LIMOUSIN TODAY October_LimToday_WEB - Page 41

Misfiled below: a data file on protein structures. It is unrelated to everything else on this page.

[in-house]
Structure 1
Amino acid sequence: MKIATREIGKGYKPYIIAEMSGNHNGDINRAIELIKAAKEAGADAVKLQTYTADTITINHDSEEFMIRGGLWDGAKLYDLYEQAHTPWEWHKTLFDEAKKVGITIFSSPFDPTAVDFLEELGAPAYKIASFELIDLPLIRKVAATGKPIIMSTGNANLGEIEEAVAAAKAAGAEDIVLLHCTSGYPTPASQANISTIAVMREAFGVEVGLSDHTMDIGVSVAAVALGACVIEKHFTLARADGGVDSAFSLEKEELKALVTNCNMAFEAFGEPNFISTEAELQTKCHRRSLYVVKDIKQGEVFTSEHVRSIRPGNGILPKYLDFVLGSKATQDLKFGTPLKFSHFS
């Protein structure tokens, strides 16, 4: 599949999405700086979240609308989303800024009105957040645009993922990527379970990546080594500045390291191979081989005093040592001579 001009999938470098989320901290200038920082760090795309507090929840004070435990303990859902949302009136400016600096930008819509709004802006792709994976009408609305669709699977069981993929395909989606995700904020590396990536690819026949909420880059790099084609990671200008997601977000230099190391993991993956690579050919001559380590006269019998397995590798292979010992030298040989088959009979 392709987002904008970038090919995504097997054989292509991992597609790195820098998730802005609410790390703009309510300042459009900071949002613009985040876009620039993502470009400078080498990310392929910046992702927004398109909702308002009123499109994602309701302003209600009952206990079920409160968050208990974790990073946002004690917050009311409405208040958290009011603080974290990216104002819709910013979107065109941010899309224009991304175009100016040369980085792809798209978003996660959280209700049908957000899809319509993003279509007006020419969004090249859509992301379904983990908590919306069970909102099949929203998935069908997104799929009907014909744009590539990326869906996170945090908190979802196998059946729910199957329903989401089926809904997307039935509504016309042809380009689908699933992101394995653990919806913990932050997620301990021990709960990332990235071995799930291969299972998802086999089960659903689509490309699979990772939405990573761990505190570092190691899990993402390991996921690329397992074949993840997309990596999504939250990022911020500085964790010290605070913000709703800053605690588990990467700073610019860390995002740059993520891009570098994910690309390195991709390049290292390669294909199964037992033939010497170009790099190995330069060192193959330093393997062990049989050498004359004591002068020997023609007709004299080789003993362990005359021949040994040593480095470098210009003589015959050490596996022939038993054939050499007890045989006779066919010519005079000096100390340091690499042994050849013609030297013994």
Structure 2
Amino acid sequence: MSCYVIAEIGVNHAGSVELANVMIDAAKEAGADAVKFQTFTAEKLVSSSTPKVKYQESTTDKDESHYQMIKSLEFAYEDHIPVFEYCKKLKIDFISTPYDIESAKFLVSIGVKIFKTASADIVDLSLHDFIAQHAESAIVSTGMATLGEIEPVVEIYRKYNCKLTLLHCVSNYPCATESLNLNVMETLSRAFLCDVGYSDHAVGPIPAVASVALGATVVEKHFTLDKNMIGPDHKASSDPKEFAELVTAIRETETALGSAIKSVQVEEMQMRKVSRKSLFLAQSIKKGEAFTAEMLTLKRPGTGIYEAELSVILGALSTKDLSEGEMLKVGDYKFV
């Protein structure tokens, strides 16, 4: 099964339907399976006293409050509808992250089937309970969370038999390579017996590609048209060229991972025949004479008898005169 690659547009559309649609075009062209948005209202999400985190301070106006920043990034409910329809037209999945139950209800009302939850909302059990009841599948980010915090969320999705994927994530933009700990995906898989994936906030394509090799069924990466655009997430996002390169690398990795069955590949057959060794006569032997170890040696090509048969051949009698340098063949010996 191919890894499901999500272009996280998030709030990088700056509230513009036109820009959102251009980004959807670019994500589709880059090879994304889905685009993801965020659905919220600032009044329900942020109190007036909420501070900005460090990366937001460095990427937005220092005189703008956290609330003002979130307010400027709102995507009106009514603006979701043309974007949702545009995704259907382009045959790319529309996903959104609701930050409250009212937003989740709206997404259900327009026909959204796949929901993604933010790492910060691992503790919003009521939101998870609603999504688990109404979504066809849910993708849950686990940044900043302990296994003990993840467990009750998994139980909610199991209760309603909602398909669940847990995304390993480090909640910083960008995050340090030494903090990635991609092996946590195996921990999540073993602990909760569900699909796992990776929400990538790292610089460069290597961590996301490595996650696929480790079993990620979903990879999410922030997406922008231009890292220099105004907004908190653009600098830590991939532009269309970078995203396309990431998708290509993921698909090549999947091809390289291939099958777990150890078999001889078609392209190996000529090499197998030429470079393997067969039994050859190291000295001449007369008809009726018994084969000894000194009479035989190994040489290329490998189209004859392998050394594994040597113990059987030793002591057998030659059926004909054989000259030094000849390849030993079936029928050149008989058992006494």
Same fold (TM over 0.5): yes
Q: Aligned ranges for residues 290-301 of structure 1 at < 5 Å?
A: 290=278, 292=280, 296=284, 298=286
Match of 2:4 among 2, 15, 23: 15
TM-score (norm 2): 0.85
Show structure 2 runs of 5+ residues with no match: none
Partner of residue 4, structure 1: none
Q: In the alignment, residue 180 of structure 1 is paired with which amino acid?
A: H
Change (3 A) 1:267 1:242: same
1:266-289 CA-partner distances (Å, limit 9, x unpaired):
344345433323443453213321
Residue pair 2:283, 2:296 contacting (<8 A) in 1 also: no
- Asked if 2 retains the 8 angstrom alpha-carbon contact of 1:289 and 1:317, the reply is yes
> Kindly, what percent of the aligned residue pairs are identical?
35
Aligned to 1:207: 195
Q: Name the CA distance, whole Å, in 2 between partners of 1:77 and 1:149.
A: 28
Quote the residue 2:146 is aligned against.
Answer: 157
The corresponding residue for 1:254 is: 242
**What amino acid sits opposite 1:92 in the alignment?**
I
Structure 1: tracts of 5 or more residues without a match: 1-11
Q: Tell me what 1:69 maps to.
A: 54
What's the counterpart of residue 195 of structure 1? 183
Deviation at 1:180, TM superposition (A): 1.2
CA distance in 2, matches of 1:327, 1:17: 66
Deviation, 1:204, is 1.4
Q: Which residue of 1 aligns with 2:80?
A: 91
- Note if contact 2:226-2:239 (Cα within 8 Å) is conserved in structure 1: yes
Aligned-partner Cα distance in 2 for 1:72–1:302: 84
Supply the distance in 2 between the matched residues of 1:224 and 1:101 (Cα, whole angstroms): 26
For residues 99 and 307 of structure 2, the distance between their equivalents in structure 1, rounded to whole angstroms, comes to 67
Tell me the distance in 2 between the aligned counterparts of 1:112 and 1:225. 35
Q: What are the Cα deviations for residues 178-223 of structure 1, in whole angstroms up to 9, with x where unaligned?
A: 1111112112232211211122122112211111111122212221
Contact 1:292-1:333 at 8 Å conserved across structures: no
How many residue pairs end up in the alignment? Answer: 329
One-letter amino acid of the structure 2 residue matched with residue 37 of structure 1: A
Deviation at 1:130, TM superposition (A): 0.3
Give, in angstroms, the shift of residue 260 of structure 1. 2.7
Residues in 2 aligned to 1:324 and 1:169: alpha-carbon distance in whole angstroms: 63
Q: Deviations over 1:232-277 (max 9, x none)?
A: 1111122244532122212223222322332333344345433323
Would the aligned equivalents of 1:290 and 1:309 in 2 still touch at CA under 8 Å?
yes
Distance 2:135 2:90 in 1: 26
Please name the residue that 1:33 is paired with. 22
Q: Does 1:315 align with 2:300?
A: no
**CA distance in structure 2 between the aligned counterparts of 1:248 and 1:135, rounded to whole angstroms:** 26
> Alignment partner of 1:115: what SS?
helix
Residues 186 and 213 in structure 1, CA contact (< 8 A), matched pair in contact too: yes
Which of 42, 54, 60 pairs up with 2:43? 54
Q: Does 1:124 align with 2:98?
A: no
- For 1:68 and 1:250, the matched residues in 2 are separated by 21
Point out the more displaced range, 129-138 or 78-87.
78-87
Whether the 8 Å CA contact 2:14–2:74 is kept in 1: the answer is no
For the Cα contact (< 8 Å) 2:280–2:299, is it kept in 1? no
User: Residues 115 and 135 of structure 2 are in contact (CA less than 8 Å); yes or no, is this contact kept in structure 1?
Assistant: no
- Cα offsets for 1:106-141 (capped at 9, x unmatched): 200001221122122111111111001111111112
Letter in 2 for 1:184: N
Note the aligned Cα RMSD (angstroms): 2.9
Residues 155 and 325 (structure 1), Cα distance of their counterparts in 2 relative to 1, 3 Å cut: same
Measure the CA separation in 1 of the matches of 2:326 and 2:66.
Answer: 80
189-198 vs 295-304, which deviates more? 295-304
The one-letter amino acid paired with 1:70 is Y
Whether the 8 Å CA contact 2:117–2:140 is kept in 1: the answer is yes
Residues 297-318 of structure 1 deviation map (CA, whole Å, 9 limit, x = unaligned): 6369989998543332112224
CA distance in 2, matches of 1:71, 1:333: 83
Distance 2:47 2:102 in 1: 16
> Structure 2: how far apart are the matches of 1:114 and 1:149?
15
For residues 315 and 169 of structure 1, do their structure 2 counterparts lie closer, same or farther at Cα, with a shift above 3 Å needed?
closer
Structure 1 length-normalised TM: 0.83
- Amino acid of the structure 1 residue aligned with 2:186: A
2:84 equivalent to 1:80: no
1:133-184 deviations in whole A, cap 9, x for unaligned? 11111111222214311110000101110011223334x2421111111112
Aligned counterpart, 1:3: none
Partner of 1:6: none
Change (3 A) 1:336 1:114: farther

Management Terminal or Maternal: Which Should I Choose? By Burke Teichert Too many ranches are trying to straddle the fence. Choose one or the other. Looking at profitability, a terminal program usually works best. Just over a year ago, I wrote two columns presenting the pros and cons of terminal and maternal matings. My experiences and ranch visits since then have led me to again address the subject—reviewing some of the more salient points and adding a few others. It is my (stronger than ever) opinion that most of the small ranches in the U.S. should be buying replacement cows, mating them to “high growth, high carcass” bulls and selling the entire calf crop—both steers and heifers—every year. If you sell open and dry cows and replace them with bred cows, you will easily be more profitable than by producing your own replacement heifers. Points to be made for this argument are: • Nearly every cow can produce a marketable calf every year. • The depreciation on the cows (difference between purchase price and salvage price) is an inexpensive substitute for heifer development costs. • For replacements, buy bred cows—not bred heifers. Why not bred heifers? Her toughest two years are still in front of her. In addition to being placed in a new environment, the heifer must be calved and rebred as a 2-year-old. In addition, her calf won’t fit with the others. That defeats some of the advantage of terminal mating. • Cows must be small to moderate in size or you give up one of the key advantages to terminal mating—higher stocking rate with smaller cows mated to high growth bulls. • Bulls should be selected for growth, marbling, yield grade, calving ease direct and calf survivability. Most of the breed associations have good EPDs for all of these traits except perhaps survivability. Well-proven genetic tools can be used to select bulls that will produce calves that can excel LIMOUSIN Today | 39